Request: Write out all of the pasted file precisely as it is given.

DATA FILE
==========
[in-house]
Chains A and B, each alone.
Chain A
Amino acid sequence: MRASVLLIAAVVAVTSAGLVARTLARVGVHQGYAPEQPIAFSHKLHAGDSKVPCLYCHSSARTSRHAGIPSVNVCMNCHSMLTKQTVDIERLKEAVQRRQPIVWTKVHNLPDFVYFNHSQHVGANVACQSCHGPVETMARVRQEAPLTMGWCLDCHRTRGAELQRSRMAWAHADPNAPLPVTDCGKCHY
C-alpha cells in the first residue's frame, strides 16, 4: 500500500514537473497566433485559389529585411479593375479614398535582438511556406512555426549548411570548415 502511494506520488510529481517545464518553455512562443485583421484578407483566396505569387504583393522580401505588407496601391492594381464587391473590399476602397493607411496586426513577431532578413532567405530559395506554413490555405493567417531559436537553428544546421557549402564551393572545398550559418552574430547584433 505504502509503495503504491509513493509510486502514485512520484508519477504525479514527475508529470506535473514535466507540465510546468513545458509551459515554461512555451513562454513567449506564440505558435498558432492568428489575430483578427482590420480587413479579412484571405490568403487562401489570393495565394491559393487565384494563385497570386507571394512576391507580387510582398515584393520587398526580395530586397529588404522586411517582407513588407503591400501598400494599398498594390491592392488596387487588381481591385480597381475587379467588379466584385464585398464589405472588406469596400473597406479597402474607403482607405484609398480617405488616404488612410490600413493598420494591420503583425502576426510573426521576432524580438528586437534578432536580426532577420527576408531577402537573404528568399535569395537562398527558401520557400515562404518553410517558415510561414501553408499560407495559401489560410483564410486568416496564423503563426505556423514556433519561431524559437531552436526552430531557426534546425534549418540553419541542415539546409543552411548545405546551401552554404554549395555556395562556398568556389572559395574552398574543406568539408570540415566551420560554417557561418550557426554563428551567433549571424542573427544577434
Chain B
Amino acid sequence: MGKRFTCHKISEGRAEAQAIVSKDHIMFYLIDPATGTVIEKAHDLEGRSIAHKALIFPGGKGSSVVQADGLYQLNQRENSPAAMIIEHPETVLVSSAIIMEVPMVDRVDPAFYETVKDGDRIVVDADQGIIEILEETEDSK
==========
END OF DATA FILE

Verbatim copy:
[in-house]
Chains A and B, each alone.
Chain A
Amino acid sequence: MRASVLLIAAVVAVTSAGLVARTLARVGVHQGYAPEQPIAFSHKLHAGDSKVPCLYCHSSARTSRHAGIPSVNVCMNCHSMLTKQTVDIERLKEAVQRRQPIVWTKVHNLPDFVYFNHSQHVGANVACQSCHGPVETMARVRQEAPLTMGWCLDCHRTRGAELQRSRMAWAHADPNAPLPVTDCGKCHY
C-alpha cells in the first residue's frame, strides 16, 4: 500500500514537473497566433485559389529585411479593375479614398535582438511556406512555426549548411570548415 502511494506520488510529481517545464518553455512562443485583421484578407483566396505569387504583393522580401505588407496601391492594381464587391473590399476602397493607411496586426513577431532578413532567405530559395506554413490555405493567417531559436537553428544546421557549402564551393572545398550559418552574430547584433 505504502509503495503504491509513493509510486502514485512520484508519477504525479514527475508529470506535473514535466507540465510546468513545458509551459515554461512555451513562454513567449506564440505558435498558432492568428489575430483578427482590420480587413479579412484571405490568403487562401489570393495565394491559393487565384494563385497570386507571394512576391507580387510582398515584393520587398526580395530586397529588404522586411517582407513588407503591400501598400494599398498594390491592392488596387487588381481591385480597381475587379467588379466584385464585398464589405472588406469596400473597406479597402474607403482607405484609398480617405488616404488612410490600413493598420494591420503583425502576426510573426521576432524580438528586437534578432536580426532577420527576408531577402537573404528568399535569395537562398527558401520557400515562404518553410517558415510561414501553408499560407495559401489560410483564410486568416496564423503563426505556423514556433519561431524559437531552436526552430531557426534546425534549418540553419541542415539546409543552411548545405546551401552554404554549395555556395562556398568556389572559395574552398574543406568539408570540415566551420560554417557561418550557426554563428551567433549571424542573427544577434
Chain B
Amino acid sequence: MGKRFTCHKISEGRAEAQAIVSKDHIMFYLIDPATGTVIEKAHDLEGRSIAHKALIFPGGKGSSVVQADGLYQLNQRENSPAAMIIEHPETVLVSSAIIMEVPMVDRVDPAFYETVKDGDRIVVDADQGIIEILEETEDSK